Nov 29 (Reuters) - The Atlantic-Caribbean hurricane season that ends on
Wednesday set a slew of records. Here are some of them, according to the
U.S. National Hurricane Center:
MOST TROPICAL STORMS: There were 26 tropical storms in 2005 (so far).
The old record was 21 storms, set in 1933. This year marked the first
time forecasters turned to the Greek alphabet for storm names (Alpha,
Beta, Gamma, Delta and Epsilon) after using up their annual list of 21
MOST HURRICANES: Thirteen tropical storms strengthened into hurricanes,
with top sustained winds of at least 74 mph (119 kph). The old record
was 12, set in 1969.
-- reached the top rank on the five-step Saffir-Simpson scale of
hurricane intensity, with sustained winds over 155 mph (294 kph).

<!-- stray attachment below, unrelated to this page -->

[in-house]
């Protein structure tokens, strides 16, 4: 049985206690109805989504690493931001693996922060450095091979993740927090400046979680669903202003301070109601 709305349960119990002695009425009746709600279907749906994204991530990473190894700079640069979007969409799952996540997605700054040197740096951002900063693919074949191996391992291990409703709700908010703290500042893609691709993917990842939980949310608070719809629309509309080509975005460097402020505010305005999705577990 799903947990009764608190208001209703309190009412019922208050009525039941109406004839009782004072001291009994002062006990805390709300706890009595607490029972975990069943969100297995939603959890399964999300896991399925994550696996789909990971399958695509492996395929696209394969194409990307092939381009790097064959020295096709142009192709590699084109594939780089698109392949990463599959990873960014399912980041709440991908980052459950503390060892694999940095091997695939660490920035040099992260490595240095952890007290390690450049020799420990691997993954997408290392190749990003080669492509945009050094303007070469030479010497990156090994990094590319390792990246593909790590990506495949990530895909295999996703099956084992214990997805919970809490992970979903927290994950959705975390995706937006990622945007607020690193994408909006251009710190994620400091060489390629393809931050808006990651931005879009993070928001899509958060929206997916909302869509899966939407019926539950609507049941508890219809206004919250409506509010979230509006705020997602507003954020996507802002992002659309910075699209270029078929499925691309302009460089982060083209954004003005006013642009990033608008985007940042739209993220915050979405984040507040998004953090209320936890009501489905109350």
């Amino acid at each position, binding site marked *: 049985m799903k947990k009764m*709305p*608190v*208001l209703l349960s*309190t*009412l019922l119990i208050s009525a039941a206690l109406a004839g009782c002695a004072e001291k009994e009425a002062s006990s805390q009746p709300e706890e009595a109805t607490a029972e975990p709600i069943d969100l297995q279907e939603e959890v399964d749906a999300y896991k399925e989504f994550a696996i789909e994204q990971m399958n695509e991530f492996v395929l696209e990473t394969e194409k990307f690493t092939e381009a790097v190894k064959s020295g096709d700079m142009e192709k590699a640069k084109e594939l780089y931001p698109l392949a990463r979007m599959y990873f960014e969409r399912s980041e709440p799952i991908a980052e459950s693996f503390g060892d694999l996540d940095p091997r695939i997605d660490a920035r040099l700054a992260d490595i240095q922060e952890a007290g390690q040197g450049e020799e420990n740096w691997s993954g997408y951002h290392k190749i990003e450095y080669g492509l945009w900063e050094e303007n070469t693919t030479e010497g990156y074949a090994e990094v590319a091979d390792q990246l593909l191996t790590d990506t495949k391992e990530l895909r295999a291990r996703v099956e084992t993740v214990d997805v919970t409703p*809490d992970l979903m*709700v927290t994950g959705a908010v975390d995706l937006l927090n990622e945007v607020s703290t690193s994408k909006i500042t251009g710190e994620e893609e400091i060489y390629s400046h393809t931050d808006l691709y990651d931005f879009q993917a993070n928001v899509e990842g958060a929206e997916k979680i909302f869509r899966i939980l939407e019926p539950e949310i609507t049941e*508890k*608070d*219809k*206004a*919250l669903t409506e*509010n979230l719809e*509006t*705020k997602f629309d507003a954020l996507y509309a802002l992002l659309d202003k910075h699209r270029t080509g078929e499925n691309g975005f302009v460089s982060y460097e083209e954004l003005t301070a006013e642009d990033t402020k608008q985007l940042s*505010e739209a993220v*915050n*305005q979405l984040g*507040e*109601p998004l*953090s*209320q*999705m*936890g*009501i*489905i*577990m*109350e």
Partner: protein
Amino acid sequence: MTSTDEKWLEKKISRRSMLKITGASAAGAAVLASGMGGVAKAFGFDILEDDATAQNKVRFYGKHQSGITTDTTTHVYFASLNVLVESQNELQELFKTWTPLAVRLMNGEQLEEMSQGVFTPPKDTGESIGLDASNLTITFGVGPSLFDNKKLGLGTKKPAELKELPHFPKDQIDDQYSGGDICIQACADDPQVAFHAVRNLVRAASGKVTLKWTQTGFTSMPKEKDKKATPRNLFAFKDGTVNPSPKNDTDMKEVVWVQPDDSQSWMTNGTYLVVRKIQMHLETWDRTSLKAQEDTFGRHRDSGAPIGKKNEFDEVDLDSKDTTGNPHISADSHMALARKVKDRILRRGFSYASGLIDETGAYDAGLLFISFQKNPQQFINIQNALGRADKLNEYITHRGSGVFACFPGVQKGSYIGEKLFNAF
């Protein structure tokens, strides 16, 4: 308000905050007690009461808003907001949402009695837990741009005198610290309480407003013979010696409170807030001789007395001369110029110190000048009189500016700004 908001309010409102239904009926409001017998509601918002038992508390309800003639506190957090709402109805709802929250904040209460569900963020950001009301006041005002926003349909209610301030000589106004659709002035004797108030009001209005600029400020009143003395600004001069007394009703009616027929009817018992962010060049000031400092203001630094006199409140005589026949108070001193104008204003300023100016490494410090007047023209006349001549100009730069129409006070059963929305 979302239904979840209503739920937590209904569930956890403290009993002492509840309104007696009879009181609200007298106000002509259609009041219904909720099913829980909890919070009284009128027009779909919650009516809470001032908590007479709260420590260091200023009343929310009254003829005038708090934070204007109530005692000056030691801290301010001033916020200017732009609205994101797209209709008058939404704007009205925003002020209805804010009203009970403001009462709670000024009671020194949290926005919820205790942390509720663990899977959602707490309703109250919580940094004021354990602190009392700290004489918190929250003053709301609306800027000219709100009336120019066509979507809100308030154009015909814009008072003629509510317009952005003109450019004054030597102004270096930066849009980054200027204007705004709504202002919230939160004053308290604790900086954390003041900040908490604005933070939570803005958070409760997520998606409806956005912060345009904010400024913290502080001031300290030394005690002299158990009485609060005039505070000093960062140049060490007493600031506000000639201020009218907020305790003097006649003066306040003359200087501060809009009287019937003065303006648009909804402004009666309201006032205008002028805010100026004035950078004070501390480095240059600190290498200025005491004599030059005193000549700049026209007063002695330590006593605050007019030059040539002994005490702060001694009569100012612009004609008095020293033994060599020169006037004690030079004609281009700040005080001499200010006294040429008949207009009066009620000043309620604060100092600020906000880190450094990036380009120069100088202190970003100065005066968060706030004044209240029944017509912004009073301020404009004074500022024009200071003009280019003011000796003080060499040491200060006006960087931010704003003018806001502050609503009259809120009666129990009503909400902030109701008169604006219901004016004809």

National Hurricane Center records show only two years, 1960 and 1961,
with more than one Category 5 storm and researchers now doubt that one
of those 1960 storms actually reached that milestone.
the stronger the storm and Hurricane Wilma's briefly dropped to 882
millibars, the lowest ever recorded in the Atlantic-Caribbean basin. The
previous most intense storm was Hurricane Gilbert in 1988, which had a
minimum pressure of 888 millibars at its peak.
and Alabama in late August, caused at least $80 billion of damage,
making it the costliest hurricane on record and probably the costliest
natural disaster ever to strike the United States. Previously the most
costly hurricane was Andrew, which caused $26.5 billion in losses when
it hit southeast Florida and Louisiana in 1992. (Writing by Jane Sutton